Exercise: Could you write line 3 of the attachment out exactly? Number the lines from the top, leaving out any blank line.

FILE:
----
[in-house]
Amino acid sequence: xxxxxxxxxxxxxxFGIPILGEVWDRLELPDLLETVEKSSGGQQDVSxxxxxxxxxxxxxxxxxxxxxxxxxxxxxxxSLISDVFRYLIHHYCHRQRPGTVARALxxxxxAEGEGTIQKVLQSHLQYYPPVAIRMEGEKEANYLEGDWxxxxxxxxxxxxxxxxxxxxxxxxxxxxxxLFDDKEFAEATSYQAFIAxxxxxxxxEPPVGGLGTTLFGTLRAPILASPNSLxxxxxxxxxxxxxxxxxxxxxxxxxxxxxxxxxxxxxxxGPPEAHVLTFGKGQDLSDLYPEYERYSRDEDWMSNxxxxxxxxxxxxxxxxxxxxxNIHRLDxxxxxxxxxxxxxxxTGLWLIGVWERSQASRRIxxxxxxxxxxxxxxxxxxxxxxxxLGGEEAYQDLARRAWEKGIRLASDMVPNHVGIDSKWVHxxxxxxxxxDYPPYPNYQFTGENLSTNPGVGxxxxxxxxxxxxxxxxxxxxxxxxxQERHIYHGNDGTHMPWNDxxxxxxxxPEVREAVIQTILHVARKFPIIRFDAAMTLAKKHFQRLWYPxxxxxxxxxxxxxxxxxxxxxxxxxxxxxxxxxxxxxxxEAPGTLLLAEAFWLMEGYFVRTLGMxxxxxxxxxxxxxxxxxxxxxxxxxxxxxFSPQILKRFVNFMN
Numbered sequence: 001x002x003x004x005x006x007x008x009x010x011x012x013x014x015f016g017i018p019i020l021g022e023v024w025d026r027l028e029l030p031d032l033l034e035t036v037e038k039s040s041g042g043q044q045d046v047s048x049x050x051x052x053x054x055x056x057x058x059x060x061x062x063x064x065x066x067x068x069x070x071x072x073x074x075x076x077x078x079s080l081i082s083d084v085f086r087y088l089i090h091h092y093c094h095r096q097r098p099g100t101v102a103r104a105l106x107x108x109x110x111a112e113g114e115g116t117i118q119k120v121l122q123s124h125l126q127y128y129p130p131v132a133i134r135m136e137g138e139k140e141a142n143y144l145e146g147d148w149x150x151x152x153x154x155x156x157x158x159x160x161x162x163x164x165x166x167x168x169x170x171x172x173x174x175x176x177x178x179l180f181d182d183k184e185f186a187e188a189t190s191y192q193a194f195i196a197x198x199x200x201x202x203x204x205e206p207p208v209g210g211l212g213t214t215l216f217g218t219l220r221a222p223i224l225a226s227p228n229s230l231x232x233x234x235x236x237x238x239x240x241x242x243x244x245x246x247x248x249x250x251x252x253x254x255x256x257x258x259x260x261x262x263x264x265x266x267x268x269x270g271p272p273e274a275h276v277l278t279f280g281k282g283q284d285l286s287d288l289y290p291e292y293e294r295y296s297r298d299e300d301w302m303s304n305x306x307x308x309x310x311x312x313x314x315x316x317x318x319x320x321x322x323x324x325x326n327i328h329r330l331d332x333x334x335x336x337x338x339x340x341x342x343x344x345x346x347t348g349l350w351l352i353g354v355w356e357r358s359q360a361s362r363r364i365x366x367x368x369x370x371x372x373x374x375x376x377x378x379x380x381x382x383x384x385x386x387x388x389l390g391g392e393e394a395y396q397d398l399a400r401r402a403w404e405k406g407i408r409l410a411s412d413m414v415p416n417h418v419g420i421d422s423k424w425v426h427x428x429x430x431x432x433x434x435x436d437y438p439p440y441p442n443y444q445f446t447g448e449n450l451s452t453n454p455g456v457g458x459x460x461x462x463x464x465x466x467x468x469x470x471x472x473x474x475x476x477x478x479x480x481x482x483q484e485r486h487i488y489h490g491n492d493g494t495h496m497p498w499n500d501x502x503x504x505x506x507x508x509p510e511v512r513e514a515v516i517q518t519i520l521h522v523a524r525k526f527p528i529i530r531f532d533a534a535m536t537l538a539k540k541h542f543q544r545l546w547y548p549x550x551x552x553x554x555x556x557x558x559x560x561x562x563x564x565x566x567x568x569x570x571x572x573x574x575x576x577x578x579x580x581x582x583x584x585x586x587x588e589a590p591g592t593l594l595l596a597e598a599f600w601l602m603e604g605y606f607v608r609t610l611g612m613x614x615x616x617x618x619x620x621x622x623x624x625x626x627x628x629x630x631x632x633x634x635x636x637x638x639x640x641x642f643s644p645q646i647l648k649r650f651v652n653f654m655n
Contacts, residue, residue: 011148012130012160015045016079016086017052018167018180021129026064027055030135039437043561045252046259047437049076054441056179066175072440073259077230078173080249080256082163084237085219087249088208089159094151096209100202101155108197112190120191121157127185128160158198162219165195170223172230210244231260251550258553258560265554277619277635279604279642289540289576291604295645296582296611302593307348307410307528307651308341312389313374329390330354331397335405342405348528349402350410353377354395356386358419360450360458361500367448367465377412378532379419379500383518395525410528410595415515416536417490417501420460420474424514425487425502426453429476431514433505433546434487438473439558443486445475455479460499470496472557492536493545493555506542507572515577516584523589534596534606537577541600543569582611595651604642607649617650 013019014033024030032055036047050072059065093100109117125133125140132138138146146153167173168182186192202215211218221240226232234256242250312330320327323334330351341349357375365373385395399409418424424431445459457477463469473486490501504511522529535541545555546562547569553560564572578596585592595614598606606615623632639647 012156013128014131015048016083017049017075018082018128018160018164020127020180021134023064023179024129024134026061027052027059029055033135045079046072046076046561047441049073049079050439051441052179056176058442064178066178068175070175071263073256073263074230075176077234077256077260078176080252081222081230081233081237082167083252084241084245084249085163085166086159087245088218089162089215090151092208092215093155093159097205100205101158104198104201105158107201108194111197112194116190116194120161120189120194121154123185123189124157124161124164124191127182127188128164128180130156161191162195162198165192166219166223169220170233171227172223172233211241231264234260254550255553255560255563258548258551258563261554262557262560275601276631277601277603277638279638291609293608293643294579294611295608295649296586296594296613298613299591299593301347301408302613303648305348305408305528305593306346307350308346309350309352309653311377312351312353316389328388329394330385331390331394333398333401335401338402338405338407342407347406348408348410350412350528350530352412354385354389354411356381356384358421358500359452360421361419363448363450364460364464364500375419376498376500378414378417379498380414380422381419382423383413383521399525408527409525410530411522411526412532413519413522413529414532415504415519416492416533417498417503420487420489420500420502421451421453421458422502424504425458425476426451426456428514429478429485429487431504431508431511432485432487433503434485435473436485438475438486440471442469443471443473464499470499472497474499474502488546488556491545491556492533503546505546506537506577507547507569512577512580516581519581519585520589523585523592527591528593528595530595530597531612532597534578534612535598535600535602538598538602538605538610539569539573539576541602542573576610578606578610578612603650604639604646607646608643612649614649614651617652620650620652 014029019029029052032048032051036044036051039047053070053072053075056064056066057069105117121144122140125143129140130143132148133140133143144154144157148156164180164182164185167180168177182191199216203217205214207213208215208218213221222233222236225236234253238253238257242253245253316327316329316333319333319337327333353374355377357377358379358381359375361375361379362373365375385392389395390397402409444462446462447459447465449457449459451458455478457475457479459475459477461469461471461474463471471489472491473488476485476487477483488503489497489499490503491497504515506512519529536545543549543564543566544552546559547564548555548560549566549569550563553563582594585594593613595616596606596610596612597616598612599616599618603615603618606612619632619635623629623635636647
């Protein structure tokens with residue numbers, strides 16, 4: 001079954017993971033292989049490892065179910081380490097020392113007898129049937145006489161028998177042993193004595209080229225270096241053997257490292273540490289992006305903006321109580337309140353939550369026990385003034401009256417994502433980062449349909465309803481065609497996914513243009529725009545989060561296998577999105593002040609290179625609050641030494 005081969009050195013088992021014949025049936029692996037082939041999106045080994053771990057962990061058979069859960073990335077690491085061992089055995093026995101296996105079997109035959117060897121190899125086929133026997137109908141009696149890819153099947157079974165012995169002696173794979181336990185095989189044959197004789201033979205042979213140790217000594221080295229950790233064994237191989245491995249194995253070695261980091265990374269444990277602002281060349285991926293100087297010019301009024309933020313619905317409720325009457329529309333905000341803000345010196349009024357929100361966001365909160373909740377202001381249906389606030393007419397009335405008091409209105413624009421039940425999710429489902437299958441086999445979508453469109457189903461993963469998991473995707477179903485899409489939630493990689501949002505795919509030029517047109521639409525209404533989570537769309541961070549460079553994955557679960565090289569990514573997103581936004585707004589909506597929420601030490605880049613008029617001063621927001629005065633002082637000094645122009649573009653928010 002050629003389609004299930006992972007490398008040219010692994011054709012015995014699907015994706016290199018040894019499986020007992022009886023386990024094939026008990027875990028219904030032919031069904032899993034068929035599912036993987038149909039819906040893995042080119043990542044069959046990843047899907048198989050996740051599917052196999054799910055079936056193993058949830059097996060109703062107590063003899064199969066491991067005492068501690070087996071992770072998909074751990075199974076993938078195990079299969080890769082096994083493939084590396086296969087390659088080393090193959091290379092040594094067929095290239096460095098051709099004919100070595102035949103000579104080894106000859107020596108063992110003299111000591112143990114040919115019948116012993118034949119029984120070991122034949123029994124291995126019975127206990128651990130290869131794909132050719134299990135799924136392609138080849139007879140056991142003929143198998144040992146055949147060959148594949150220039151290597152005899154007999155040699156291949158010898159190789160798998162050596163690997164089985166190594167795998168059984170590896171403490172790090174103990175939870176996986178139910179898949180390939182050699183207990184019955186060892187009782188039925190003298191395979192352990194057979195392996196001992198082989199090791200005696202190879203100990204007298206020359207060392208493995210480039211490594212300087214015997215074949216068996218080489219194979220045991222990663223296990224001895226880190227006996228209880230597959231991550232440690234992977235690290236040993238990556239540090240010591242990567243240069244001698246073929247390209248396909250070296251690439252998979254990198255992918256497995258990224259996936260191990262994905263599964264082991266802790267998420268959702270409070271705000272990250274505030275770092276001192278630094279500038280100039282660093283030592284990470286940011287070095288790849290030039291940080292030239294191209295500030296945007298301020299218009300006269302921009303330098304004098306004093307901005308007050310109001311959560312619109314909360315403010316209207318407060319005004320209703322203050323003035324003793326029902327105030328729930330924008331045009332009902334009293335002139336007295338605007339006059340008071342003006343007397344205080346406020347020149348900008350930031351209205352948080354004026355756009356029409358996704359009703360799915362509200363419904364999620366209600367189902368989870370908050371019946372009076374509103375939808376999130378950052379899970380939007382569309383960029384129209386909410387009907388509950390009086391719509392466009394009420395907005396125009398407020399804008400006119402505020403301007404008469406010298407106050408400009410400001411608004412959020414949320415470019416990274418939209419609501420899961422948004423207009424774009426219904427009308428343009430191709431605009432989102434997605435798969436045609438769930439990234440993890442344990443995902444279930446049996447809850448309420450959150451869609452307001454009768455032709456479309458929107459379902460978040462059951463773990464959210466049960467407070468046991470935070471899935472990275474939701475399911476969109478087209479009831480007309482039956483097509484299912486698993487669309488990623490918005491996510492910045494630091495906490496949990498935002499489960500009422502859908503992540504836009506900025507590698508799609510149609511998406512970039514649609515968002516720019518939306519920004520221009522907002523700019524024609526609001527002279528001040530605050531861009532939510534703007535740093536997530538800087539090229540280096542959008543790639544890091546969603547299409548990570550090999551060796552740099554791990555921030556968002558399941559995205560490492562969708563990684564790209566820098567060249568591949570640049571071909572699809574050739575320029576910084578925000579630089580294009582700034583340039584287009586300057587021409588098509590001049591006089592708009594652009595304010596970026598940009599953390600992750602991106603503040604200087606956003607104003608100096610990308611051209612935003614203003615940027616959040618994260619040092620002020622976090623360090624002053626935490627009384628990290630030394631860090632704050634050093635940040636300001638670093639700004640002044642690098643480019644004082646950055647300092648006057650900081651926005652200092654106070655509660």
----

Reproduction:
Numbered sequence: 001x002x003x004x005x006x007x008x009x010x011x012x013x014x015f016g017i018p019i020l021g022e023v024w025d026r027l028e029l030p031d032l033l034e035t036v037e038k039s040s041g042g043q044q045d046v047s048x049x050x051x052x053x054x055x056x057x058x059x060x061x062x063x064x065x066x067x068x069x070x071x072x073x074x075x076x077x078x079s080l081i082s083d084v085f086r087y088l089i090h091h092y093c094h095r096q097r098p099g100t101v102a103r104a105l106x107x108x109x110x111a112e113g114e115g116t117i118q119k120v121l122q123s124h125l126q127y128y129p130p131v132a133i134r135m136e137g138e139k140e141a142n143y144l145e146g147d148w149x150x151x152x153x154x155x156x157x158x159x160x161x162x163x164x165x166x167x168x169x170x171x172x173x174x175x176x177x178x179l180f181d182d183k184e185f186a187e188a189t190s191y192q193a194f195i196a197x198x199x200x201x202x203x204x205e206p207p208v209g210g211l212g213t214t215l216f217g218t219l220r221a222p223i224l225a226s227p228n229s230l231x232x233x234x235x236x237x238x239x240x241x242x243x244x245x246x247x248x249x250x251x252x253x254x255x256x257x258x259x260x261x262x263x264x265x266x267x268x269x270g271p272p273e274a275h276v277l278t279f280g281k282g283q284d285l286s287d288l289y290p291e292y293e294r295y296s297r298d299e300d301w302m303s304n305x306x307x308x309x310x311x312x313x314x315x316x317x318x319x320x321x322x323x324x325x326n327i328h329r330l331d332x333x334x335x336x337x338x339x340x341x342x343x344x345x346x347t348g349l350w351l352i353g354v355w356e357r358s359q360a361s362r363r364i365x366x367x368x369x370x371x372x373x374x375x376x377x378x379x380x381x382x383x384x385x386x387x388x389l390g391g392e393e394a395y396q397d398l399a400r401r402a403w404e405k406g407i408r409l410a411s412d413m414v415p416n417h418v419g420i421d422s423k424w425v426h427x428x429x430x431x432x433x434x435x436d437y438p439p440y441p442n443y444q445f446t447g448e449n450l451s452t453n454p455g456v457g458x459x460x461x462x463x464x465x466x467x468x469x470x471x472x473x474x475x476x477x478x479x480x481x482x483q484e485r486h487i488y489h490g491n492d493g494t495h496m497p498w499n500d501x502x503x504x505x506x507x508x509p510e511v512r513e514a515v516i517q518t519i520l521h522v523a524r525k526f527p528i529i530r531f532d533a534a535m536t537l538a539k540k541h542f543q544r545l546w547y548p549x550x551x552x553x554x555x556x557x558x559x560x561x562x563x564x565x566x567x568x569x570x571x572x573x574x575x576x577x578x579x580x581x582x583x584x585x586x587x588e589a590p591g592t593l594l595l596a597e598a599f600w601l602m603e604g605y606f607v608r609t610l611g612m613x614x615x616x617x618x619x620x621x622x623x624x625x626x627x628x629x630x631x632x633x634x635x636x637x638x639x640x641x642f643s644p645q646i647l648k649r650f651v652n653f654m655n